Yale-educated Henry Winkler didn’t give off the proper greaser “vibe” when he petitioned for an audition for the role of Fonzie on Happy Days. In fact, Winkler’s two TV credits (both on MTM Productions) had him costumed in a suit and tie, which didn’t help his case much.
It wasn’t until Winkler returned with a reel of his leather-jacketed appearance in a low-budget 1974 film called The Lords of Flatbush (in which he appeared with a young Sylvester Stallone) that Garry Marshall agreed to let him read for the role.
Pernell Roberts landed his role on Bonanza when he was seen walking around the Universal lot wearing cowboy gear.
Producer David Dortort originally considered Claude Akins for the role of Adam Cartwright when he was casting Bonanza. But one afternoon he saw a handsome young actor dressed in black Western gear walking around the Universal lot. That actor’s name was Pernell Roberts and his dark hair and rich voice was the picture Dortort had in mind for the eldest Cartwright brother.
The deal was sealed when he saw Roberts in action in the newly released film Ride Lonesome. On his second day on the Bonanza set, Roberts walked into Dortort’s office, removed his hairpiece and announced that he wanted to play the role of Adam without wearing it. Dortort (after recovering from his surprise that the lush head of hair was a rug) refused, stating that Roberts looked at least 15 years older without his toupee.
Red Foxx’s crass comedy album from the 1970s made him the perfect fit for his role on the sitcom “Steptoe and Son.”
Comedian Redd Foxx had been performing on the “chitlin’ circuit” for several years and had released a couple of successful comedy albums. Granted, his records were usually kept in a special bin at record stores because of Foxx’s penchant for very blue humor.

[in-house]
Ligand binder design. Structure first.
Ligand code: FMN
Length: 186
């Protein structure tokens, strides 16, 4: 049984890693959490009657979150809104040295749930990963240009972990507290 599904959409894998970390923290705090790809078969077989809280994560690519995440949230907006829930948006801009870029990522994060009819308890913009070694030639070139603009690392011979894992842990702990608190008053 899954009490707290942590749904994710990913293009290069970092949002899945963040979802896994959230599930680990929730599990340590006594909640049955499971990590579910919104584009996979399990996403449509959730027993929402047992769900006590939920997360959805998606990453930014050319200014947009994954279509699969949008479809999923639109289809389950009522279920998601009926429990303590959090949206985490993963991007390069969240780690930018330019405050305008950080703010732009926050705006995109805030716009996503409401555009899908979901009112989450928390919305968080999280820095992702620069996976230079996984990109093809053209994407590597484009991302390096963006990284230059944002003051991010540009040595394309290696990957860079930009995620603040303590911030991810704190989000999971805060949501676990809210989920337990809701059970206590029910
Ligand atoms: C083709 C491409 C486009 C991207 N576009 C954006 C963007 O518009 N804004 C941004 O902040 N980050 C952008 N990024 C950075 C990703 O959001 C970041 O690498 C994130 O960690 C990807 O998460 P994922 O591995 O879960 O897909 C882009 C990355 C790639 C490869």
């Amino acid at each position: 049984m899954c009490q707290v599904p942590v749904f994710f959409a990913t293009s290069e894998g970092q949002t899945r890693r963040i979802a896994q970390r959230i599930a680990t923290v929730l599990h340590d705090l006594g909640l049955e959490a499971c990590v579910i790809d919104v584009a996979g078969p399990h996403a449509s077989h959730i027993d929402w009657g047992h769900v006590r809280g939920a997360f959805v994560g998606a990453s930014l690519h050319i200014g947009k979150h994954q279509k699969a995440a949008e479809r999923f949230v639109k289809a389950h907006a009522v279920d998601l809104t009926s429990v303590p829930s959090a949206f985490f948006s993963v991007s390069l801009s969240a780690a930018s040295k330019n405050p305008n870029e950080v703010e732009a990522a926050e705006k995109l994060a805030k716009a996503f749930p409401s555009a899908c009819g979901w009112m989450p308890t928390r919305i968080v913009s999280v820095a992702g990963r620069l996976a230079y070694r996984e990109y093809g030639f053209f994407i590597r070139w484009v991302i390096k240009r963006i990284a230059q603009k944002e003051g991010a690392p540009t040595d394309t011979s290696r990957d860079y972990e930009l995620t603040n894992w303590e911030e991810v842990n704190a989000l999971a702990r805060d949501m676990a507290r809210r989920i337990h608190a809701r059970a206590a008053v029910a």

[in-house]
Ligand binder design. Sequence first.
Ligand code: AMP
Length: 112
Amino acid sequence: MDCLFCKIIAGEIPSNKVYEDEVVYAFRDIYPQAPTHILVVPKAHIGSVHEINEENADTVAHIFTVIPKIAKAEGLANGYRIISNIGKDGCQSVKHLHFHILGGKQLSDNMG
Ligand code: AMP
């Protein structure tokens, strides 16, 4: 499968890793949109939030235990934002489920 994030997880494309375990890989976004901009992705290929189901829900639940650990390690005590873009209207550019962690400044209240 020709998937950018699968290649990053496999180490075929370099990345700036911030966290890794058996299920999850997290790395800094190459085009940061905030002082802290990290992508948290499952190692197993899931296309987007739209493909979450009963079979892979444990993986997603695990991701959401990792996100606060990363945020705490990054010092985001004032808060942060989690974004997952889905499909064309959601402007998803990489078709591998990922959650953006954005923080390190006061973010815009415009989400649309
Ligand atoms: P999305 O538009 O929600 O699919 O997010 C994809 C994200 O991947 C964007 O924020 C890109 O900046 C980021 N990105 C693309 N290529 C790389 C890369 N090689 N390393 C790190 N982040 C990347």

Nevertheless, potty mouth aside, when Norman Lear and Bud Yorkin were looking for a star for their American adaptation of Britain’s long-running sitcom Sanford and Son, they remembered Foxx’s role as a cantankerous junkman in the 1970 film Cotton Comes to Harlem and asked him if he’d be interested in a series.
Gary Coleman was only 6 years old when he got his first gig—starring in a local TV commercial for Chicago’s Harris Bank.
Diminutive child star Gary Coleman was just six years old when he appeared in a local TV commercial for Chicago’s Harris Bank. Norman Lear happened to see the chubby-cheeked tyke and, in a portent of things to come, hired him to appear as Martin Mull’s adopted son in an episode of his syndicated late-night show America 2Night.
Coleman, who went by his middle name “Wayne” at the time, was an immediate hit with the audience and inspired Lear (along with Bud Yorkin) to create a vehicle especially for the youngster.
- Carol Burnett Show DVD Box Set & Signed Memory Book (starpulse.com)
- Lucille Ball – Actress, Comedian, and Style Icon (rubylane.com)
- Pat Gallagher: Our Favorite Stars From Childhood: Where Are They Now? (huffingtonpost.com)
- I Love Lucy (howsweetitwas.wordpress.com)
- In Lucille Ball’s Hometown, Looking for More Than Laughs (nytimes.com)
- Top 100 sitcom episodes of all time, No. 18: “Coast to Coast Big Mouth,” The Dick Van Dyke Show (robertdavidsullivan.typepad.com)
- Rob Reiner: At last, I’m having what she’s having (thejc.com)